How much zap does a good zap zap, if a good zap is not zap?

Vive la Resistance!

My body is reeling today from my last workout with Bassem, my PT ‘doctor’ in Cairo. Honorifics are rife in Egypt, but Bassem is a legitimate degree-holder who teaches part-time at a university. I was recommended to him by Suzan, an Egyptian-Danish psychologist. Suzan is always jetting to Copenhagen or the Emirates, where she straightens out business-cultures gone awry. I wish I were in Suzan’s line of work. She flies a lot, works long hours, but seems well-compensated and, more importantly, vitalized, humming. The job, however, is a stressor on her body. She works out a lot. She tops it off with Arthur Murray dance classes — anything to maintain that edge and, apparently, to have a good time. It was funny when I mentioned my shoulder problems to her one night when we were coming home in the same car from a party last spring.

“Who have you seen in the past?” she said.

I reeled off three or four names, because I’d already told her I was no stranger to physical therapy. I’d had any number of bodily areas fall outside of the okay zone.

After each name I mentioned, she gave me a thumbnail digest of her experience with the same therapist. She’d been to them all. She said, “You should really try this new guy Bassem.”

“Okay. Where’s his office?”

“He works out of Gold’s Gym at Midan Mahatat (Metro Station Square).”

My heart took a dive. I can’t stand Gold’s. My wife gave me a membership there that cost plenty, and I was excited until I visited the gym. The pounding dance-hall music wore me out before I could get dressed. Then I started feeling that I was a freak just to be there. Everyone was walking around like Arnold Schwarzenegger – even the women. I’d never seen so many machines – here I mean literal machines. I didn’t know how to work them. The membership came with several trainer sessions. My trainer, nice guy though he was, took on that gym-trainer persona of a boot camp sergeant.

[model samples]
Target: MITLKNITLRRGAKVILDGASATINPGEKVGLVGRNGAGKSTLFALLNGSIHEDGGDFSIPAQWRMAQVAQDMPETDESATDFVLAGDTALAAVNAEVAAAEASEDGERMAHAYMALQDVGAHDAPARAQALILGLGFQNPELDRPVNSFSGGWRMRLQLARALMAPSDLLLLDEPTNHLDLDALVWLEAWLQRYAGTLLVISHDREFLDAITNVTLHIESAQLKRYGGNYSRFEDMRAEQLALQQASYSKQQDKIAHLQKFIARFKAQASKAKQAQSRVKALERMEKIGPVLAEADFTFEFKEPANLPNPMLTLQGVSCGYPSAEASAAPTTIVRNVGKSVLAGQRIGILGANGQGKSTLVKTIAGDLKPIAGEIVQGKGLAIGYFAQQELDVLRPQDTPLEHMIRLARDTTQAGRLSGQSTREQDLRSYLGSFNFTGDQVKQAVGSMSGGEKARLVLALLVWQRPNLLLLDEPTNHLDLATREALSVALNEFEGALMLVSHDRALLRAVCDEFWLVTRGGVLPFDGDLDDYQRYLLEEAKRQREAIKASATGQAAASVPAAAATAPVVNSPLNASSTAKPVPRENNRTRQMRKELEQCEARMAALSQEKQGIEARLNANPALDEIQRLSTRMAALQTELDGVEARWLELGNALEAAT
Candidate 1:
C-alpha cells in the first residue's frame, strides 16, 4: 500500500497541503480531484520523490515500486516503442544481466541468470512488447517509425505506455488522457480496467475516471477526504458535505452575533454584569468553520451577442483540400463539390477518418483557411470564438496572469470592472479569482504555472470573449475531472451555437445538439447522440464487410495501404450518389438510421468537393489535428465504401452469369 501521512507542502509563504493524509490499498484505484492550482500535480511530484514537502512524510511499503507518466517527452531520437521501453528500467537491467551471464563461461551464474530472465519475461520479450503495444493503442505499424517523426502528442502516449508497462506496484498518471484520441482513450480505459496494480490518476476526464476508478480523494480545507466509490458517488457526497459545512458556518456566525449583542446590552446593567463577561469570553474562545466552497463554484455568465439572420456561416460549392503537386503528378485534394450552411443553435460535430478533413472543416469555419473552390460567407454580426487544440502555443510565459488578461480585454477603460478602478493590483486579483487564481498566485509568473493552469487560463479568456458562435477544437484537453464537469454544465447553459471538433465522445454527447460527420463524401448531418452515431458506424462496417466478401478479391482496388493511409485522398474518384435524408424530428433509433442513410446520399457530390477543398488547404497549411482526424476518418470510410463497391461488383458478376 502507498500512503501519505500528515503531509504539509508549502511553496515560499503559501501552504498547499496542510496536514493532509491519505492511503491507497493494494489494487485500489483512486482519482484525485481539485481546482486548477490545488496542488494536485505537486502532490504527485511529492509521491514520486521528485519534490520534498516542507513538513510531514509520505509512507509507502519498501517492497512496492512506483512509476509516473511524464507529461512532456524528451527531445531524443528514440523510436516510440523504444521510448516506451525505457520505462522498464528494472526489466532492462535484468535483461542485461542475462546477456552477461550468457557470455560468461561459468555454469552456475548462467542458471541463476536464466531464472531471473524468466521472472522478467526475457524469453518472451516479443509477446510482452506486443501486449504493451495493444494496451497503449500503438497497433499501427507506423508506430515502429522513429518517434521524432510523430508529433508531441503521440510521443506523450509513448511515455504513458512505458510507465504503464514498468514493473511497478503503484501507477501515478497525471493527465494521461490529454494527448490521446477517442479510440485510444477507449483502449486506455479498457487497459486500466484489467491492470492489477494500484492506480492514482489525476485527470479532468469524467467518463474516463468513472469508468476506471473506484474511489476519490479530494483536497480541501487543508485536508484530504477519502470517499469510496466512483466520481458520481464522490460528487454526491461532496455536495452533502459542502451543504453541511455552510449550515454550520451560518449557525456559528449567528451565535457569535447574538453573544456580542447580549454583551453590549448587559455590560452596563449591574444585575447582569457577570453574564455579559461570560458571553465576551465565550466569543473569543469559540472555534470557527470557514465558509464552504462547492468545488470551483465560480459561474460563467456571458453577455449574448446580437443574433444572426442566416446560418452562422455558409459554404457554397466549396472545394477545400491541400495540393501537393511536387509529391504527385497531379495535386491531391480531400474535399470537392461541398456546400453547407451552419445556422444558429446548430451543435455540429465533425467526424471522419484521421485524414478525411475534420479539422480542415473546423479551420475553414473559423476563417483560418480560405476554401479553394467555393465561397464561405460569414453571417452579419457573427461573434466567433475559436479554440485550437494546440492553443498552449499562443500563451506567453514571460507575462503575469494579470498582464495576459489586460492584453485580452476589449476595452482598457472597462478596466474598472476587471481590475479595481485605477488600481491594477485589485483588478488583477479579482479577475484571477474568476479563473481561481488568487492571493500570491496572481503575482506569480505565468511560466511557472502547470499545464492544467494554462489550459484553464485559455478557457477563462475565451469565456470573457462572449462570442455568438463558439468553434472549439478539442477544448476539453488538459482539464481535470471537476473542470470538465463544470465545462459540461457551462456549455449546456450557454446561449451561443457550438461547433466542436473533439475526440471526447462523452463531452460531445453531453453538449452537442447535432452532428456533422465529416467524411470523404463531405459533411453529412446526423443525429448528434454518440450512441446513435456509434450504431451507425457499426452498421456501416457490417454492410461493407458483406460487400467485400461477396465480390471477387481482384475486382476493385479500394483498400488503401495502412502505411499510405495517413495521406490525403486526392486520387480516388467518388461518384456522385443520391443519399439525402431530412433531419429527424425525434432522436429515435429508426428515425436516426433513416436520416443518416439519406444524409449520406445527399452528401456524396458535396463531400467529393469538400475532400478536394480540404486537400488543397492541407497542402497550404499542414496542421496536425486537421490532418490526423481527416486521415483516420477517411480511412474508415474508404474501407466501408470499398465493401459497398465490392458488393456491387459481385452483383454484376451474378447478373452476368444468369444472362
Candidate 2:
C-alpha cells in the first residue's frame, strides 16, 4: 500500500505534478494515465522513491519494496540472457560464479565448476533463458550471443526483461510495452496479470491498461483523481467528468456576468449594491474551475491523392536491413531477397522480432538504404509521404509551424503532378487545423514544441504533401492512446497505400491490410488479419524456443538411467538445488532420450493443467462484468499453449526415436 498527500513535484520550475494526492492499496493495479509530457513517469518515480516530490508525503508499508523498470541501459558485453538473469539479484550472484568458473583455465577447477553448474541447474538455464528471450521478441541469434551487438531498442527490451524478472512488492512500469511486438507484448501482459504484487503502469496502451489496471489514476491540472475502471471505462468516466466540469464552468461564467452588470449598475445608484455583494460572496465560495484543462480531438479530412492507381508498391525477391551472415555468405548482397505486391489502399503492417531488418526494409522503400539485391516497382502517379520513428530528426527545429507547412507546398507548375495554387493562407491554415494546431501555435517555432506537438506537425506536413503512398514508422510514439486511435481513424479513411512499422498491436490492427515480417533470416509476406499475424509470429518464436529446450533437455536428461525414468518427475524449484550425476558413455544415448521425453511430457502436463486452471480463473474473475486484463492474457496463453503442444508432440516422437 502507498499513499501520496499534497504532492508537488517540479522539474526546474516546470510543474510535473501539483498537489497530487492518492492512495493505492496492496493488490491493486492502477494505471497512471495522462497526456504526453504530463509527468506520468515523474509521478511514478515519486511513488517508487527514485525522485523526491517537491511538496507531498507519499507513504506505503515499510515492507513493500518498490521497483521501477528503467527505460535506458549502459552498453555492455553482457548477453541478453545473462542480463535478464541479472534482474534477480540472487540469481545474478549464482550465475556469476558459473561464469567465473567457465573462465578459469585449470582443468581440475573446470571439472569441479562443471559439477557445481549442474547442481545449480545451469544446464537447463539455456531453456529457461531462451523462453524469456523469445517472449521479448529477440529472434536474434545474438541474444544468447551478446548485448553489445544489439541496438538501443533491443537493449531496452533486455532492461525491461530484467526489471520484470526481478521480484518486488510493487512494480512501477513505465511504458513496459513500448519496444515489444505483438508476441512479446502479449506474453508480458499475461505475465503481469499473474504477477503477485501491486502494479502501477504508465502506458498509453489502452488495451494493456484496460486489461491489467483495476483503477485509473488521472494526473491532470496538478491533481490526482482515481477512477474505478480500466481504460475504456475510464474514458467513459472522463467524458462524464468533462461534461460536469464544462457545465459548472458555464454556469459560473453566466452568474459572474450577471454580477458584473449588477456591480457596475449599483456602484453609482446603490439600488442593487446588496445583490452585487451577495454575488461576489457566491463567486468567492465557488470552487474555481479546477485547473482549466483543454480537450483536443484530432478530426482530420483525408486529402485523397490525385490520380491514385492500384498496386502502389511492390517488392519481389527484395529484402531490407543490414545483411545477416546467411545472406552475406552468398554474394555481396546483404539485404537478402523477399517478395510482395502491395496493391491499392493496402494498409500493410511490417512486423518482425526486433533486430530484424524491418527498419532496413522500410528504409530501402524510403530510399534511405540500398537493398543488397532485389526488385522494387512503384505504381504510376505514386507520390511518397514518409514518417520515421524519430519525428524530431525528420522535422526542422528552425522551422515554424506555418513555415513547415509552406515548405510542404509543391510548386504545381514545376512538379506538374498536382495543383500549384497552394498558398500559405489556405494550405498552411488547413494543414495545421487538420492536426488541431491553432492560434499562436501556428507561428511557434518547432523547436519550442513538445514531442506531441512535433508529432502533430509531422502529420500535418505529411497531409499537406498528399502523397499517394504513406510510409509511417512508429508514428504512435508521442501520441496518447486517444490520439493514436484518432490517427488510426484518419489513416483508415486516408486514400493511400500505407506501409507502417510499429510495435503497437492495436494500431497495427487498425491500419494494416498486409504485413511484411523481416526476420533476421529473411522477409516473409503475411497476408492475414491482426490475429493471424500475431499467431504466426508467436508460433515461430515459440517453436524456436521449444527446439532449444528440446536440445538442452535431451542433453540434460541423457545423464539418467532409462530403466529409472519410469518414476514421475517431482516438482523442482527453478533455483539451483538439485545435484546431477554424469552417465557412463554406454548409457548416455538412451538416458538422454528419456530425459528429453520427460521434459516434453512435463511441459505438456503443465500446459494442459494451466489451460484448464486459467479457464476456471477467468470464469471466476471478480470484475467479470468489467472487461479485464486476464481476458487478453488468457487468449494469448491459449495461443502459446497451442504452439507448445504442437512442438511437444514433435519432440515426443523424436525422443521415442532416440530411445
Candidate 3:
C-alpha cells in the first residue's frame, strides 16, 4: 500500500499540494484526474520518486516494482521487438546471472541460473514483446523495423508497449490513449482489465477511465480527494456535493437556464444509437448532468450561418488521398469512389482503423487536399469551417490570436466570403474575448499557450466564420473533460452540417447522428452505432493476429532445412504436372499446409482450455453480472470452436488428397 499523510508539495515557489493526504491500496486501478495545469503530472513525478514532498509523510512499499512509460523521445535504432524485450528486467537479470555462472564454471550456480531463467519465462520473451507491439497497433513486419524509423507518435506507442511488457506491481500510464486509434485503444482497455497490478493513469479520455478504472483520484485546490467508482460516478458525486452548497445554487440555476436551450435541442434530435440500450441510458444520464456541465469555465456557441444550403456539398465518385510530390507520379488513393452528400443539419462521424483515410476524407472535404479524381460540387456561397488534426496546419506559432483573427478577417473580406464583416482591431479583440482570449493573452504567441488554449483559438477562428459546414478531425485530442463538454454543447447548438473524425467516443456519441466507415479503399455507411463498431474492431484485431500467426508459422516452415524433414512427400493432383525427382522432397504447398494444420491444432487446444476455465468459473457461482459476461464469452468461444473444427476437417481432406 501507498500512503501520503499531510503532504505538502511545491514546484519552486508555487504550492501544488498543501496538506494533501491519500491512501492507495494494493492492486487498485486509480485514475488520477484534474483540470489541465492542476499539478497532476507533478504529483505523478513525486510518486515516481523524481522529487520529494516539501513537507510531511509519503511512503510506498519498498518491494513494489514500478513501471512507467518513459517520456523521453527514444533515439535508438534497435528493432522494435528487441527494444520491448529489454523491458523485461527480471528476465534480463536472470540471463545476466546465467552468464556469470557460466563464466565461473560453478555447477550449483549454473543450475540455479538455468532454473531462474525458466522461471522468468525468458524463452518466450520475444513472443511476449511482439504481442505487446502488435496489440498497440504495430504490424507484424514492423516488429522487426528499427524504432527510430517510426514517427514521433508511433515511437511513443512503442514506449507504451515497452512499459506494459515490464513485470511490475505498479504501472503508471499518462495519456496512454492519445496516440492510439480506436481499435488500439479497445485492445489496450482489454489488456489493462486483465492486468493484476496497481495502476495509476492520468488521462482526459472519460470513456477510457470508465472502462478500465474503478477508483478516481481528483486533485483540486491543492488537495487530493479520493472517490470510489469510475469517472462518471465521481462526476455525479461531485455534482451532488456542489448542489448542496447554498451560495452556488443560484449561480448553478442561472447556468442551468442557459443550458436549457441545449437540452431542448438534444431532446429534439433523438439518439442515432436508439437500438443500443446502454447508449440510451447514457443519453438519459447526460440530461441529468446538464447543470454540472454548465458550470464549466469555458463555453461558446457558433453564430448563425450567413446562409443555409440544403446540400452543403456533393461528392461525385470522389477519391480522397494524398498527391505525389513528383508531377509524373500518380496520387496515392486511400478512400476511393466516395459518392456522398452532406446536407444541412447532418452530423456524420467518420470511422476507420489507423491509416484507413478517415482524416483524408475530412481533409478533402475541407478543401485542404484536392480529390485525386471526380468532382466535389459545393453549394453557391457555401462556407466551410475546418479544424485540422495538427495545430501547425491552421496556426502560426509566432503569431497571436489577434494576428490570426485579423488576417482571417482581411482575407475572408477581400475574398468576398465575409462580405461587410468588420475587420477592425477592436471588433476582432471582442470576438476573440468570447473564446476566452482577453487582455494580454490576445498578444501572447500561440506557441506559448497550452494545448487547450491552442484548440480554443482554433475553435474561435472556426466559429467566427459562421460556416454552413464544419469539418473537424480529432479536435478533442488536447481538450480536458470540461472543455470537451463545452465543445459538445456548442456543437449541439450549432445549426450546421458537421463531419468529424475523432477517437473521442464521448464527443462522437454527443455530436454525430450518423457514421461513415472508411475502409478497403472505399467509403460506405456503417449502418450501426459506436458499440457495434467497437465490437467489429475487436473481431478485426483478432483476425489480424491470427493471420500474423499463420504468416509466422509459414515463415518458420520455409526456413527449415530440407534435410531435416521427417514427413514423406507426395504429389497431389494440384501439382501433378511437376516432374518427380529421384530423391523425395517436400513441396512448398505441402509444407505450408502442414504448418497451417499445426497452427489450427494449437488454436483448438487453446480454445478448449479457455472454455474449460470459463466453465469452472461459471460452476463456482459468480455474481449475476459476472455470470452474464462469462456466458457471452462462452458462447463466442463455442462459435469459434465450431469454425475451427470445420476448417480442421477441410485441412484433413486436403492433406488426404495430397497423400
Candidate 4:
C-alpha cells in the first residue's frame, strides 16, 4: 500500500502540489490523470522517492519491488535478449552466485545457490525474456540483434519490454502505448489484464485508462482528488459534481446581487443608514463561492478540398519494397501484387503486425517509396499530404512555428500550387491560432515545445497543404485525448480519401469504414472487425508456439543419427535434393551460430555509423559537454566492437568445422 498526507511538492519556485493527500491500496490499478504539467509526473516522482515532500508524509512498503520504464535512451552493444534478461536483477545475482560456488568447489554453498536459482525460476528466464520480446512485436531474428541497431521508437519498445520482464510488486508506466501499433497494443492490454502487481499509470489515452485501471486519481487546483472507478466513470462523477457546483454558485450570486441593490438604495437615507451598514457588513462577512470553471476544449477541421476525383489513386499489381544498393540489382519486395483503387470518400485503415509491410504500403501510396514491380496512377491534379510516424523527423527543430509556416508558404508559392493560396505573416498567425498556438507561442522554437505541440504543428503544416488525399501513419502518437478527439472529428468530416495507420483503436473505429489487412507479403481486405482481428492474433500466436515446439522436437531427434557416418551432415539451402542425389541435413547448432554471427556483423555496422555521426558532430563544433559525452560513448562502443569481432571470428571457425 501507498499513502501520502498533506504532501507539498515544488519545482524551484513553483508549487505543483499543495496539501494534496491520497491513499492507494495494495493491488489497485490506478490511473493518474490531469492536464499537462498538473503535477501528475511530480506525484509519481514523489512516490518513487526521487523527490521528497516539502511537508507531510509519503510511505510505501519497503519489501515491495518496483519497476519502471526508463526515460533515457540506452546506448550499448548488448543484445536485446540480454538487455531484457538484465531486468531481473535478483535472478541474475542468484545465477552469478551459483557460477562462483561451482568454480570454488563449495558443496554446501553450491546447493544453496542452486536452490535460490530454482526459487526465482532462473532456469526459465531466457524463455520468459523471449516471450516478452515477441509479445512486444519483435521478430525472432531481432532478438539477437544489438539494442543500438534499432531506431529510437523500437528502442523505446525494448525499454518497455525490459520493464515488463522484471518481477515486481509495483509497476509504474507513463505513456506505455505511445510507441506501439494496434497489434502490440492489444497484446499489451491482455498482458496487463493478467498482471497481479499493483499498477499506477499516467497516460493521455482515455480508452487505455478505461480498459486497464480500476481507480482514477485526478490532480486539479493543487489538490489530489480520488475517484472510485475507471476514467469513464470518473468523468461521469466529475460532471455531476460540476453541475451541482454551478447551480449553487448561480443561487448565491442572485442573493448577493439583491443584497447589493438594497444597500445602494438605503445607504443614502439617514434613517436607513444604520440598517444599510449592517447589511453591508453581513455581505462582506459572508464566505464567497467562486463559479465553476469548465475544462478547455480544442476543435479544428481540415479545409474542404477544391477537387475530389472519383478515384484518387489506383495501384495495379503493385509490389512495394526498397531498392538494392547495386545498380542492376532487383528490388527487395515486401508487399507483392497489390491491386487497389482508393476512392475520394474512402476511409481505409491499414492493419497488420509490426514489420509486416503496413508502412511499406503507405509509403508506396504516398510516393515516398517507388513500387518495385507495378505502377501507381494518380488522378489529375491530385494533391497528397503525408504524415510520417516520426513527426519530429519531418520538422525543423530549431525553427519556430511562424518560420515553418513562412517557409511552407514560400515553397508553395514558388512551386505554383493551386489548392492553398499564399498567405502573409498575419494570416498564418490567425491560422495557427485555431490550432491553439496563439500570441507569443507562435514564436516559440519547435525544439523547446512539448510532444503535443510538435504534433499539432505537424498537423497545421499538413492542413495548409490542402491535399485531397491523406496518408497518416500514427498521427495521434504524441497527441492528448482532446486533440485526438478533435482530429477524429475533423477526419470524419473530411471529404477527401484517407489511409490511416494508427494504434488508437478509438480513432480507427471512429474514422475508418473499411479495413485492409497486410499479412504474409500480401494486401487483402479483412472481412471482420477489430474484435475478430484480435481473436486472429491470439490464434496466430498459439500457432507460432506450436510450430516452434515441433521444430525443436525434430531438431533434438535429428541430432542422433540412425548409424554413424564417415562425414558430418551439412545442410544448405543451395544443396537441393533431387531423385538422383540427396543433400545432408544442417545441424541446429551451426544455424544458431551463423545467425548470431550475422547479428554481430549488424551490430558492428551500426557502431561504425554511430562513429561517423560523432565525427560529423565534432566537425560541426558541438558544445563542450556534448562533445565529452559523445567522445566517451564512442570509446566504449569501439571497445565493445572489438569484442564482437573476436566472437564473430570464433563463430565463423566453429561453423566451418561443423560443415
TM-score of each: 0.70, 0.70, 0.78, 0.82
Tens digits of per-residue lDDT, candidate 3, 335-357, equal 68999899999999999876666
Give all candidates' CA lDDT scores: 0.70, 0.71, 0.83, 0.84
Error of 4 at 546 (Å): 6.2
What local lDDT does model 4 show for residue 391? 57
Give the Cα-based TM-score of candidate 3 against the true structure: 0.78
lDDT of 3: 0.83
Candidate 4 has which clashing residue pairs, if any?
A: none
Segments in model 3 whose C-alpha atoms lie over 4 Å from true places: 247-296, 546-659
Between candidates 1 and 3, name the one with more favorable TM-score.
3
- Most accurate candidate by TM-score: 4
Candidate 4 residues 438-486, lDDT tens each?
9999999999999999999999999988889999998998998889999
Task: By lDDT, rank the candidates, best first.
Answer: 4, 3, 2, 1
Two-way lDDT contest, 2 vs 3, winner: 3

I had enough problems with authority at a military school in 1964. Does getting healthy have to run back along the path of those roaring voices?

Long before my membership ran out, I quit Gold’s. Now here, years later, I was being counseled to go back. I considered my options, ran through all of Suzan’s thumbnail sketches of the other PT’s in our neighborhood, and decided, ‘What the heck, give it a try.’ That’s when I met Bassem who I thought was going to give me a few massages and have me stretch my left arm up the wall, that sort of thing.

But no! Down on the floor. I was instructed to put my hands on a rubber half-moon that rolled and slipped beneath my palms. ‘Let’s go. Pushups. One-two…’

Like an automaton – after all, eight years of wrestling workouts each winter – I fell into the regimen. Bassem wasn’t nearly as much of a barker as my first Gold’s trainer, so I was able to bridle my doubts, my anti-enthusiasms, which occasionally reared up like cobras. At the end of the workout, my shoulder had stopped feeling strange.

‘What’s the problem with my shoulder anyway?’ I asked.

‘You have an overall problem with strength, my friend. You are weak up through here and into here.’ He began putting fingers on various parts of my shoulders, around my neck, basically everywhere.

So I’m brought to this conundrum with my health goals. I hate resistance training, but it seems to work. How do I dial it down to a scale that I can live with day after day?

I’ve been told that my muscles will get used to the strain and won’t hurt any longer. Why don’t I believe that? Why do I simply not want to do resistance training?

Deep, deep. I’ve got a few more chapters on this question, this issue that I want to lay out. I need to work through some fundamental questions. Where exactly is my inner resistance? Maybe if I can find my resistance to resistance training, I’ll find a piece to the overall puzzle.